The index fund portfolio’s annual returns over the past 10 years would have been 7.04%. Your projected portfolio could potentially be worth $769,809 after 30 years, assuming a starting investment of $100,000.
If you extrapolate the RBC Balanced Fund’s returns over 30 years, your portfolio would be worth $470,815.
A quick word about comparing apples-to-apples: The RBC Balanced Fund is more heavily tilted to Canadian stocks (33%), while holding less U.S. (13%) and International (15%) stocks. Since U.S. equities have outperformed Canadian equities over the past decade, it stands to reason that our index fund portfolio with a 20% allocation to U.S. stocks would outperform.
That said, even if we reduced the expected annual return of the index fund portfolio from 7.04% to 6%, your $100,000 would grow to $574,349 over 30 years. That’s 22% more wealth for your retirement.
TD Index Funds
TD’s e-Series funds are likely the most popular set of bank index funds on the market. But don’t think your TD advisor will tell you anything about them. The e-Series funds are notoriously difficult to buy – and you might just be better off buying them online.
But there’s $8.8 billion invested in TD’s Comfort Balanced Portfolio (TDB886) – a 50/50 balanced fund that comes with a MER of 1.92%. Its 10-year annual rate of return is 5.19%.
Let’s see how that compares to a portfolio of e-Series funds:
|Fund name||Allocation||Fund code||MER||10-yr return|
|TD Canadian Index Fund e-Series||20%||TDB900||0.32%||6.0%|
|TD U.S. Index Fund e-Series||20%||TDB902||0.34%||16.2%|
|TD International Index Fund e-Series||20%||TDB911||0.49%||8.1%|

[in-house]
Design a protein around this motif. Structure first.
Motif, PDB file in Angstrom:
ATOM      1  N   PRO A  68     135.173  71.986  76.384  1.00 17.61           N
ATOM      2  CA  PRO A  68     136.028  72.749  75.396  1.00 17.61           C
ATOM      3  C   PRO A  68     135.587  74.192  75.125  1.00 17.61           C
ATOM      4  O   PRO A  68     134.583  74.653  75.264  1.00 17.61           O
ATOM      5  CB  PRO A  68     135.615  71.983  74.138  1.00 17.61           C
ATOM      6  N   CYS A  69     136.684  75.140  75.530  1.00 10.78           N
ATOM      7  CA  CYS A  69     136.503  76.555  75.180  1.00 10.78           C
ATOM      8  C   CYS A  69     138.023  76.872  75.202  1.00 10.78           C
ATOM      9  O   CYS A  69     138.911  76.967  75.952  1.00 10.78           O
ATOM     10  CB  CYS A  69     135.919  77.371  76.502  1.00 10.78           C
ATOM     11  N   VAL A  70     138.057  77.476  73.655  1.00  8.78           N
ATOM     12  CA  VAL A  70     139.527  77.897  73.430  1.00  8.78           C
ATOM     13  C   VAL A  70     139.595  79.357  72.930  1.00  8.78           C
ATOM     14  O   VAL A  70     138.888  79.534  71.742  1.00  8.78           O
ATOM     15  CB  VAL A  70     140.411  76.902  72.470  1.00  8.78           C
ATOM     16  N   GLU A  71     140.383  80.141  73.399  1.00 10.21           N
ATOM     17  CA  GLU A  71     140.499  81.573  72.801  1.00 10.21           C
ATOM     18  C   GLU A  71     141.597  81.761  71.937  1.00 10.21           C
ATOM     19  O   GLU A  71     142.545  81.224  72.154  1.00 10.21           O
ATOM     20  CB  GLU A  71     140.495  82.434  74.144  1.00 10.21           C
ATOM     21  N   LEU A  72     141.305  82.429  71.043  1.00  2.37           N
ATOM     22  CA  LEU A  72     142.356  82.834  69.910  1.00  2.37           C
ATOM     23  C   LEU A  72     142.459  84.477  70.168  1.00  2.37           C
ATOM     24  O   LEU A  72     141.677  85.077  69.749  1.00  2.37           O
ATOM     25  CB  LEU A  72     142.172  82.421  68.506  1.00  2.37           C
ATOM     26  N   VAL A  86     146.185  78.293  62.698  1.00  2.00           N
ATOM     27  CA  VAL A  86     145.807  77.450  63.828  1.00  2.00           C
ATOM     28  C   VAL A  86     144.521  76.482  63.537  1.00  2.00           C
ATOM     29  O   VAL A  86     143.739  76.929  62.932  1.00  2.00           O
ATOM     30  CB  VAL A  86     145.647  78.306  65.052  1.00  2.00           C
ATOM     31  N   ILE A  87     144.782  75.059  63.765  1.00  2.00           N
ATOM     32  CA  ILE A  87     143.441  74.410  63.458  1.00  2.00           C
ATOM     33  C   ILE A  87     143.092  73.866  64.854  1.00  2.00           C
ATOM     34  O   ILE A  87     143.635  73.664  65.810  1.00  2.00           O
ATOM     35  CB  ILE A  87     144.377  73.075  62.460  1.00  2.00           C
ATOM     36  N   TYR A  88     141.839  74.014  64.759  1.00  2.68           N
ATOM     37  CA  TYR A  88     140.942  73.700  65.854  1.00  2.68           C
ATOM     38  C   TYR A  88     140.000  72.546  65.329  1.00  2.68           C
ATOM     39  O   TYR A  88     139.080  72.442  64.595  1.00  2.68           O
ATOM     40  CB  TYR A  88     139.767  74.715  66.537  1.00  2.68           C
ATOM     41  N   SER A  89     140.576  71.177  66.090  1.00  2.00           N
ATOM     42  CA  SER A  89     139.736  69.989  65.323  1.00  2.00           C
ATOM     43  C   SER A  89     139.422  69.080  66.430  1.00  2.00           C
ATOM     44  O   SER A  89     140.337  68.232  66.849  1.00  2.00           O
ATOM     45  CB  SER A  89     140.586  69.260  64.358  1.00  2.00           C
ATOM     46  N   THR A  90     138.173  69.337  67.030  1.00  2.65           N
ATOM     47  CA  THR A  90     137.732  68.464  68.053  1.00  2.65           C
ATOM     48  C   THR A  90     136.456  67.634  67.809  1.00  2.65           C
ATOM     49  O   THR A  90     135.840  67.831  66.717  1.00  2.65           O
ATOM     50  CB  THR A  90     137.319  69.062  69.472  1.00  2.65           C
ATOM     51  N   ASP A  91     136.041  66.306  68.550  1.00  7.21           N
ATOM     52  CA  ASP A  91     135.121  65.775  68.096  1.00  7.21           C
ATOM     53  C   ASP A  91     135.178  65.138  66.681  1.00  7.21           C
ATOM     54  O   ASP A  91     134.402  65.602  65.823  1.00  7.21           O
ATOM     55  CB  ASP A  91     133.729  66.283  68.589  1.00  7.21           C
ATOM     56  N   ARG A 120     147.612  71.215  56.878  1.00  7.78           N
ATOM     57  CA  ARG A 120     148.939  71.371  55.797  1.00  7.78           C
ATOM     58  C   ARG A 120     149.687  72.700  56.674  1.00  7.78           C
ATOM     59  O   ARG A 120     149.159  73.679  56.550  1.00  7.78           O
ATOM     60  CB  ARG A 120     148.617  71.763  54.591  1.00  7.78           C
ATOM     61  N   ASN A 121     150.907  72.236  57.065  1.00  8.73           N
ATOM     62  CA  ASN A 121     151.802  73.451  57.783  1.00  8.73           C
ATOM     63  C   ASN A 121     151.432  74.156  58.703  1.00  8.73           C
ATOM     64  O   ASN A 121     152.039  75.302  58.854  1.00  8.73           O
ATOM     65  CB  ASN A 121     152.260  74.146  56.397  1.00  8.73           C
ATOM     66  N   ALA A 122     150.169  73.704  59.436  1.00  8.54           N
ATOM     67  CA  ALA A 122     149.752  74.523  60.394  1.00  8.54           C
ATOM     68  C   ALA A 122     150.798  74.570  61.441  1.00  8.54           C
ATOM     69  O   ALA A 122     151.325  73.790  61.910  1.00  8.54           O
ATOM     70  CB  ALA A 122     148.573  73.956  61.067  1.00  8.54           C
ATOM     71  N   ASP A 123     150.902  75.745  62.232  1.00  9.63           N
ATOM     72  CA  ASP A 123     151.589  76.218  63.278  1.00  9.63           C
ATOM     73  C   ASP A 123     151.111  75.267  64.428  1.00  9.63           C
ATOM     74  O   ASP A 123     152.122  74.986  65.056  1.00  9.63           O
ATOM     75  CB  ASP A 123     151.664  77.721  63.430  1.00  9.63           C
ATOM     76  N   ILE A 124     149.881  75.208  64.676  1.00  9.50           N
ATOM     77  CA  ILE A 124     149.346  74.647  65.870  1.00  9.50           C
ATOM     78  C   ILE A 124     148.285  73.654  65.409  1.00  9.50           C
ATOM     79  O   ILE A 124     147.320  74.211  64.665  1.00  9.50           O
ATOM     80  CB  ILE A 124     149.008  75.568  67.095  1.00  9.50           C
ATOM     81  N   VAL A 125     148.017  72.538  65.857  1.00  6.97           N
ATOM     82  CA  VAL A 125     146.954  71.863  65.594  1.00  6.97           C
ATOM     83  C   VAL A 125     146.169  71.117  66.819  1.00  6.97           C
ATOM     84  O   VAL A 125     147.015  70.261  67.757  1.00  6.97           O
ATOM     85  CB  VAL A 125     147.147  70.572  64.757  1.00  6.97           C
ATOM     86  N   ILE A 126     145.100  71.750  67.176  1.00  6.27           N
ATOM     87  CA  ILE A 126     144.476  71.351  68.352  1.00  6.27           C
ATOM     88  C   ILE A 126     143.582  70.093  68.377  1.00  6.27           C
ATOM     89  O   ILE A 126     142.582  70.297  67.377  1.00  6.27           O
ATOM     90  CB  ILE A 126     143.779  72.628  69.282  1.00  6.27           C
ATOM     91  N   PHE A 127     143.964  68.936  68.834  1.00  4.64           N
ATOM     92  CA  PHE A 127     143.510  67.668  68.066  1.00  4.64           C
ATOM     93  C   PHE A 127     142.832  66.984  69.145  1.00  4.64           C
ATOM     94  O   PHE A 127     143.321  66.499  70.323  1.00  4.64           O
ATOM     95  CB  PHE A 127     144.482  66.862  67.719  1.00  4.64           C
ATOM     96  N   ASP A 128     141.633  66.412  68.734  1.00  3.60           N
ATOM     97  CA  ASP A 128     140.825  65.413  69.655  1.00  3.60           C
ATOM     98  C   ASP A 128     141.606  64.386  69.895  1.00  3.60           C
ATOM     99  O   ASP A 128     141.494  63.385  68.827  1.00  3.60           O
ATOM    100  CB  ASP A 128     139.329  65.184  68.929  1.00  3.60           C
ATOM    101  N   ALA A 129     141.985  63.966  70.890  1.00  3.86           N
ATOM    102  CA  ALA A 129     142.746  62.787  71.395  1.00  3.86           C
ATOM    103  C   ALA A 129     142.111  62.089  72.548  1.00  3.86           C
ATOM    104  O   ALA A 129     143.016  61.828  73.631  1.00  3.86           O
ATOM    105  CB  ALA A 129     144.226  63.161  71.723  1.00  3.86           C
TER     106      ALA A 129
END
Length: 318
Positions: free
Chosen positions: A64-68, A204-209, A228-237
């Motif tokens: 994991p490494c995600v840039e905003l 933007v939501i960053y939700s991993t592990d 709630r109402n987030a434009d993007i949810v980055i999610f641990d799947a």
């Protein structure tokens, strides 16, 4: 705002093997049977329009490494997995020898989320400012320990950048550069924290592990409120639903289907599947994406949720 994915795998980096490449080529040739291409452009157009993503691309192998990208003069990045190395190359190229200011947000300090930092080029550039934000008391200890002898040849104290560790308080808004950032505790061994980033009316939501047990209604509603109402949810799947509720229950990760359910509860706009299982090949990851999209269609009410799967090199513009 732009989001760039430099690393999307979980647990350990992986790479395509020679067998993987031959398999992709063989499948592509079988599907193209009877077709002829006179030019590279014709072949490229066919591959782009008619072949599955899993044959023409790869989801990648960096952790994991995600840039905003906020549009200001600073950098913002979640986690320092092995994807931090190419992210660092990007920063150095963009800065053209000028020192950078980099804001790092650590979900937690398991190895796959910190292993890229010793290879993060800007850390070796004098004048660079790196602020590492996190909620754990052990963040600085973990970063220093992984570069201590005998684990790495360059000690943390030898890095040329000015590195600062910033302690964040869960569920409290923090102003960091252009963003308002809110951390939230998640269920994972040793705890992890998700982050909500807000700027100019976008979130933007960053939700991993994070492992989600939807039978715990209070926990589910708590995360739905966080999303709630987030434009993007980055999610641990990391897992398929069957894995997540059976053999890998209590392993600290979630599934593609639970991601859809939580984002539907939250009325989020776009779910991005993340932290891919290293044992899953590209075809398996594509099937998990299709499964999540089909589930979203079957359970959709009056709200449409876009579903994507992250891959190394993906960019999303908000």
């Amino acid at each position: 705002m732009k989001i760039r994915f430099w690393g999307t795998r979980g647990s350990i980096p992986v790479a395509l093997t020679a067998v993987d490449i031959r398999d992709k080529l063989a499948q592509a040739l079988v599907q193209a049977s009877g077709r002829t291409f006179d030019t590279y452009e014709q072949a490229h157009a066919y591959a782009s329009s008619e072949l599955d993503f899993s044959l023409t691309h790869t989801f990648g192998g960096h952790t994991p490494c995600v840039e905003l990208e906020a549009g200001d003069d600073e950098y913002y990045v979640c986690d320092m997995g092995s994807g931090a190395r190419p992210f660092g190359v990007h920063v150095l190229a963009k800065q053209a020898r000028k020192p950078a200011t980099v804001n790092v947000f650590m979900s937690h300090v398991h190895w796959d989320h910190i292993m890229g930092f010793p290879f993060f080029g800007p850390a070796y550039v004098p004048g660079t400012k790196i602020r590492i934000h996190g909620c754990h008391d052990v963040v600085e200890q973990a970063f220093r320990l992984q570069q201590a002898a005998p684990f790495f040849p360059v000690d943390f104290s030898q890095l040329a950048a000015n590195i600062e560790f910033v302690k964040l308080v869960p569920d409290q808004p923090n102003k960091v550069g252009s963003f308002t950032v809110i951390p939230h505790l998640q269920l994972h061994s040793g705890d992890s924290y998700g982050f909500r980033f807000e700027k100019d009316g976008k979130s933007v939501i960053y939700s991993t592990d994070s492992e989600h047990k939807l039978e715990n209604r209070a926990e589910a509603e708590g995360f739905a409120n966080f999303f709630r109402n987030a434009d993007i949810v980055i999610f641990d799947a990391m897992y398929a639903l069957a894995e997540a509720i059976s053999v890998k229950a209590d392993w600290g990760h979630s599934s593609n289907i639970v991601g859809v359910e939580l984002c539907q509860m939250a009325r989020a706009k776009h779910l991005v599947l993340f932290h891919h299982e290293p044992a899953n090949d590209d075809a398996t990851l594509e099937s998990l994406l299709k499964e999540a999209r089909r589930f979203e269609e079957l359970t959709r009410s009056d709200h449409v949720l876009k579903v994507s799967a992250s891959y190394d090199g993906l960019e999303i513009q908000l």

|TD Canadian Bond Index Fund e-Series||40%||TDB909||0.51%||4.1%|
The 60/40 balanced portfolio of TD e-Series index funds comes with a weighted-average MER of just 0.43%. That’s less than one-quarter the cost of the TD Comfort Balanced Portfolio.
The returns are better for e-Series funds, too, at 7.7% per year over 10 years. Projected over 30 years and your portfolio could be worth $925,701.
Compare that to the TD Comfort Balanced Portfolio, where $100,000 turns into $456,282 after 30 years. That’s less than half the balance of the projected e-Series portfolio.
Again, let’s reduce the expected returns to 6% per year. Over a 30-year period, our $100,000 TD e-Series balanced portfolio would grow to $574,349. That’s nearly 26% more wealth for your retirement.
Scotia Index Funds
The Scotia Canadian Balanced Fund (BNS378) has $2.1 billion in assets and comes with a MER of 1.98%. While it positions itself as a Canadian fund, its mandate says up to 49% of the fund’s assets may be invested in foreign securities, making it a good proxy for a global balanced portfolio. Scotia’s Canadian Balanced Fund has a 10-year annualized return of 5.3%.
Scotia quietly has a decent portfolio of index funds to choose from, and so you’ll see below a 60/40 portfolio made up of four Scotia index funds. Note, I’m using the ‘A’ series funds but there are also ‘D’ series funds available for self-directed investors that comes with slightly lower MERs.
|Fund name||Allocation||Fund code||MER||10-yr return|
|Scotia Canadian Index Fund||20%||BNS381||1.00%||5.3%|
|Scotia U.S. Index Fund||20%||BNS382||1.07%||15.2%|
|Scotia International Index Fund||20%||BNS387||1.26%||6.7%|
|Scotia Canadian Bond Index Fund||40%||BNS386||0.85%||3.8%|
This portfolio of Scotia index funds comes with a weighted-average MER of 1.01%, which is about half the cost of the Scotia Canadian Balanced Fund.
The index funds would have also returned 6.96% per year for the past 10 years. Projected over 30 years and a $100,000 starting portfolio could be worth $752,734.
Compare that to the Scotia Canadian Balanced Fund, which projected over 30 years would be worth $470,816. That’s nearly 60% more for the index fund portfolio.
If we reduce the index fund returns to 6% per year then we know we’ll end up with $574,349 after 30 years. That’s still 22% more wealth for your retirement with the index funds.
BMO Index Funds
BMO has a ton of mutual funds to choose from, but I decided to use the BMO Asset Allocation Fund (BMO70145) and compare it to a suite of index funds.